Where there is no law, but every man does what is right in his own eyes, there is the least of real liberty
Henry M. Robert

Erdogan labeled Putin an “occupier”

10 February, 2016 - 18:52
REUTERS photo

Turkish President Recep Tayyip Erdogan has accused Russian President Vladimir Putin of occupying Syria. In an interview with the Turkish newspaper Hurriyet, Turkish head of state addressed Putin with the question: “What are you doing in Syria? You are essentially an occupier.” It was Erdogan’s response to the latest developments in Syria, in particular the reports that al-Assad’s army with the support of the Russian Aerospace Forces had broken through the moderate opposition’s positions near the city of Aleppo, fought over for the past several years, and cut the highway that links it with the Turkish border. Human rights organizations stress that al-Assad’s objective is to prevent weapons and reinforcements from Turkey from reaching rebels in Syrian territory.

In addition, Erdogan criticized the US for its support of Syrian Kurdish fighters, considered terrorists by Turkey. The president was displeased with the trip of Brett McGurk, a personal envoy of US President Barack Obama, to the town of Kobani, controlled by a Kurdish militia. “How can we trust you? Is it me who is your partner or the terrorists in Kobani?” the Turkish president asked Americans. He also recounted the Turkish parliament’s 2003 decision to reject the US request to use Turkish territory to invade Iraq. “We do not want to fall into the same mistake in Syria as in Iraq. It is important to see the horizon. What is going on in Syria can only go on for so long. At some point it has to change,” Erdogan stressed. When asked whether Turkey was ready for an unexpected turn of events in Syria, the Turkish president replied: “These kinds of things are not talked about, what is required is done when it is needed. At the moment, we are ready against all kinds of possibilities with all of our security forces.”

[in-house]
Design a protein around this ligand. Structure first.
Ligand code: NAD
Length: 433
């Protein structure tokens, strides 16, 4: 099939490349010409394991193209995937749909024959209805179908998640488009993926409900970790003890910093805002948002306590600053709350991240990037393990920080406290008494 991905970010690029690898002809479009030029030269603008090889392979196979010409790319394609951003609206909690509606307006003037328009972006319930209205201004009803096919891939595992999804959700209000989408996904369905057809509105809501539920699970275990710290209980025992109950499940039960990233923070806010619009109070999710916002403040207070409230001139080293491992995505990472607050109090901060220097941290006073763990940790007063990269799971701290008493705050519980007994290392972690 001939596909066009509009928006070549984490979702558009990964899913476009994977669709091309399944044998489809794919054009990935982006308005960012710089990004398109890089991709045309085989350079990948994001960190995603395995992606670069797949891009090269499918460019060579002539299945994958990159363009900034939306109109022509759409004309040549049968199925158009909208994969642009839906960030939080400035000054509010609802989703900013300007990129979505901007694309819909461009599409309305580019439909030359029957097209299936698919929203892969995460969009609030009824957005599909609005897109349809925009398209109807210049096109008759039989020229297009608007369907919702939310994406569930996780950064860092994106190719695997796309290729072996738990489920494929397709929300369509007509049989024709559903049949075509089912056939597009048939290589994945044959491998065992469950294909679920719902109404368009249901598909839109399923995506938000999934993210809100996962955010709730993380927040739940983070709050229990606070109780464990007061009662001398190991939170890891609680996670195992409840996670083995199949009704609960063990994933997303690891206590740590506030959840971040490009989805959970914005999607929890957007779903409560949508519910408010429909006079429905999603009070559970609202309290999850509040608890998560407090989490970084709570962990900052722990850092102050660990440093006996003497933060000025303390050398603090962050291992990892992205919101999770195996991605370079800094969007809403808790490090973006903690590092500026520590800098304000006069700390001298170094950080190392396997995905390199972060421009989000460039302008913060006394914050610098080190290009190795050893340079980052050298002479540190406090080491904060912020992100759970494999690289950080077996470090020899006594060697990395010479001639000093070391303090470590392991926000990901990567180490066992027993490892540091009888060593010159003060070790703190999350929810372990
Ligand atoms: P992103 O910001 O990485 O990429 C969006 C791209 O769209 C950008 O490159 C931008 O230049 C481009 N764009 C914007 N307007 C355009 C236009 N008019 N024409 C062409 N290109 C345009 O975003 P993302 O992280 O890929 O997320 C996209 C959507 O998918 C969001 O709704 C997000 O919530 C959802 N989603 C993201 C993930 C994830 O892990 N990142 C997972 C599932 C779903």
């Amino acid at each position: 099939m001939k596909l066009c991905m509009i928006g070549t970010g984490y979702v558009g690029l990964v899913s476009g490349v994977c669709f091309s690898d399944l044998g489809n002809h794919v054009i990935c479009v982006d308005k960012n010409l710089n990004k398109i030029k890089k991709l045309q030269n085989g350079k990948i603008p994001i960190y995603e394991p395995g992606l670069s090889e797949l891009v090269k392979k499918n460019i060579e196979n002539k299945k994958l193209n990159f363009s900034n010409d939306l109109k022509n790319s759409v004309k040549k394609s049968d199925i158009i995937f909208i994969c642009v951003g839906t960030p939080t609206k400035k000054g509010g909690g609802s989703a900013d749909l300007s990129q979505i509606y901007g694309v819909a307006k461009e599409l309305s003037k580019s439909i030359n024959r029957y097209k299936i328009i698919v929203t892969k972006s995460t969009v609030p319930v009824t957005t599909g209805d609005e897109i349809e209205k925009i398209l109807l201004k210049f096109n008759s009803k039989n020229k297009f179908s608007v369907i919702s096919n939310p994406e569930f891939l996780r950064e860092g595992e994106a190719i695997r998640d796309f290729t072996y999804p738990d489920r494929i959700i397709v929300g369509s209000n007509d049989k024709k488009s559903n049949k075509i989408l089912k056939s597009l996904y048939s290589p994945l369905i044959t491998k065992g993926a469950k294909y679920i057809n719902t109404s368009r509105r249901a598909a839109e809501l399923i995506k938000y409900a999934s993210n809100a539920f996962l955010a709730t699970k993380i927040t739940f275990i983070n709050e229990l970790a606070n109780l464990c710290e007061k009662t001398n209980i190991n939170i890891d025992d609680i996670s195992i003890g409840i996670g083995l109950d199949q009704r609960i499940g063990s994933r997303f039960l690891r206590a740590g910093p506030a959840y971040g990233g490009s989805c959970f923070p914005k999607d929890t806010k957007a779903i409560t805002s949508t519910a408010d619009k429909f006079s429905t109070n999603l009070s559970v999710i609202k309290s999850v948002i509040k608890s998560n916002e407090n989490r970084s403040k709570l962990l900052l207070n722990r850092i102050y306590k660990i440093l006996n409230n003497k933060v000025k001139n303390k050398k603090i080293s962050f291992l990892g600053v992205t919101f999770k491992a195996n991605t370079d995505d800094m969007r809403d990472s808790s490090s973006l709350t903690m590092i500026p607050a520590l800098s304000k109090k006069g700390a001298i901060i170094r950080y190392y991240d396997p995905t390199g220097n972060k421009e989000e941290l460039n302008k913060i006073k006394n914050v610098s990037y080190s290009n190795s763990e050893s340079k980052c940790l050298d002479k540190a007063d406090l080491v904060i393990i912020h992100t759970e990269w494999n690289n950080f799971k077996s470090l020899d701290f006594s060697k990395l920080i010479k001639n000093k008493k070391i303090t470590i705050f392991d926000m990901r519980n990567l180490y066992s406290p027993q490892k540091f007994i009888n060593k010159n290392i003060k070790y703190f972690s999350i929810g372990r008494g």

Let us recall that al-Assad’s army offensive in Aleppo, supported by Russian air strikes, caused the Syrian peace talks in Geneva to break down in early February. Meanwhile, February 7 saw Syrian government troops advancing to one of the last strongholds of the rebels in the northern parts of Aleppo province, the town of Tell-Rifaat, situated 20 kilometers from the Turkish border. Over the first week of February, more than 35,000 people amassed near the border with Turkey, including the severely wounded persons who are forced to flee from the bombings. The Turkish government is building temporary camps for them and deliberating whether to allow refugees to cross the border. Until now, Turkey has accepted 2.5 million Syrian refugees already.

By Natalia PUSHKARUK
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